Professional tennis has witnessed its fair share of players, who after displaying glimpses of their ability, saw fit to pass off quietly into oblivion. These, ‘Flashes in the pan’, however, remain enshrined in the memories of tennis fans the world over. Having said that, it would be remiss not to mention that, by failing to achieve greater feats, they also left many a fan disappointed. We now take a look at five single-slam wonders, who left the game of tennis, with their fans left with clutching nothing more than a huge ‘What if’.
#1 Juan Carlos Ferrero (Spain)
To those who followed Tennis closely in the first decade of the new millennium, seeing Juan Carlos Ferrero’s name on this list might probably seem shocking. However, it would be hard to deny that the Spaniard’s career, in the aftermath of his hour of glory when he held aloft the Roland Garros Trophy in 2003, left a lot to be desired for.
Following his triumph in the French Open in 2003, Ferrero ascended to the top of the ATP Rankings in September 2003, only to squander it after a meagre eight weeks. A six-match losing streak and a lacklustre display at the Davis Cup meant that he ended 2003 ranked number 3.
What followed was nothing short of a prolonged nightmare. His losses kept on piling even as he began a one-way journey downwards on the ATP rankings table. A spate of injuries, cobbled with his inconsistency saw Ferrero go without a title for a staggering six years before the title drought ended in 2009, a year that he ended at No.23, a whopping 32 spots higher than the previous year.
This resurgence, though was short-lived, as his career soon floundered owing to injuries to the knee and wrist. He ended his career ranked 161 after losing to Nicolas Almagro in the first round of Valencia Open 500 in October 2012.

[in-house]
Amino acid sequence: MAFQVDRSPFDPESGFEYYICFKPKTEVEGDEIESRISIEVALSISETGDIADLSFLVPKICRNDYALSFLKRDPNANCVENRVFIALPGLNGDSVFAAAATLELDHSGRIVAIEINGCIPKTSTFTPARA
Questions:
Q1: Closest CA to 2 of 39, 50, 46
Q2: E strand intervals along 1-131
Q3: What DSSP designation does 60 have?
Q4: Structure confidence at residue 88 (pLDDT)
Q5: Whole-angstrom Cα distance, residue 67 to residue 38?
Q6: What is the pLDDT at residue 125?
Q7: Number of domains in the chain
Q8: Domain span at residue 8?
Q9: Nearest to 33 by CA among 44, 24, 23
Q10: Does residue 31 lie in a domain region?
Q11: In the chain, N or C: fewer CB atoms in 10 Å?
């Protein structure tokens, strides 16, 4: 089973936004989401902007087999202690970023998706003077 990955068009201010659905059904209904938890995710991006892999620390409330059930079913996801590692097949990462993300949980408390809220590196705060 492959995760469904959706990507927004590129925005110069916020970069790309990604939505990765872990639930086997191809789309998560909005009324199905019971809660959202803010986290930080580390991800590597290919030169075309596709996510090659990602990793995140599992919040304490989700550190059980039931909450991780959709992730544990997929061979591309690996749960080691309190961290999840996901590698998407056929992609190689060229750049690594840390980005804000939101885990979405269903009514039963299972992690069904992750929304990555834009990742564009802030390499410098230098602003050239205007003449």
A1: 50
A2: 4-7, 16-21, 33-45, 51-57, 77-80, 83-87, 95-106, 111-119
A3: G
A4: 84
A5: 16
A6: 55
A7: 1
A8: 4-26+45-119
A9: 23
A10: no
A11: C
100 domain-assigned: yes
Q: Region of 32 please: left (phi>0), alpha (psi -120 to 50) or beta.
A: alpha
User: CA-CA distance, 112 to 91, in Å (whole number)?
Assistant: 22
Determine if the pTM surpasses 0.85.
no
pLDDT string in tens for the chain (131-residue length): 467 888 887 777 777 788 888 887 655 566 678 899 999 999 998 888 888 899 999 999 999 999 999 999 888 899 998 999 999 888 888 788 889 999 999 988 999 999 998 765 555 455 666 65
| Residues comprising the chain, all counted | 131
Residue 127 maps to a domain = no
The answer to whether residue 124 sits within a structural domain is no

#2 Gaston Gaudio (Argentina)
Gaston Gaudio’s triumph at the Roland Garros in 2004 is, as the cliche goes, the stuff that fairy tales are made of. If he is honest to himself, he would be wont to admit that he, least of all, wouldn’t have expected to be crowned the victor in an event that was dominated by Argentines, ranked much higher than he. However, the fairy tale didn’t last long, as he lost to David Ferrer in the fourth round at the French Open in 2005 before he eventually lost his top 10 ranking the following year.
Roland Garros 2004 witnessed a slew of Argentinians, each vying with the other for the title. David Nalbandian and Guillermo Coria were counted among the tournament favourites but Gaudio’s wasn’t the name on everyone’s lips. Coria, in particular, was at the very apex of his career, coming into the tournament ranked a career-best No.3. But, it was the unsung and even unheralded Gaudio who had the last laugh as Coria came undone in a dramatic title clash that left the latter both physically and mentally drained.
With a game that was easy on the eye, Gaudio had little trouble endearing himself to the teeming crowd at Roland Garros in 2004, and following a facile win against compatriot and eighth seed David Nalbandian in the semi-final, he had shown that he was no pushover.
The final against Coria, however, was an anticlimax. While Coria held the upper hand in the first two sets, even handing Gaudio a bagel in the first, he was seized by cramps and although he displayed immense courage in continuing to fight on, he couldn’t stop Gaudio from winning the title.
Gaudio became the first Argentinian to win a Grand Slam since Guilermo Vilas in 1979. His career, however failed to touch the dizzying heights again, with his ranking dropping as low as 1025 in June 2011. He called time on his career on 31st August, 2011.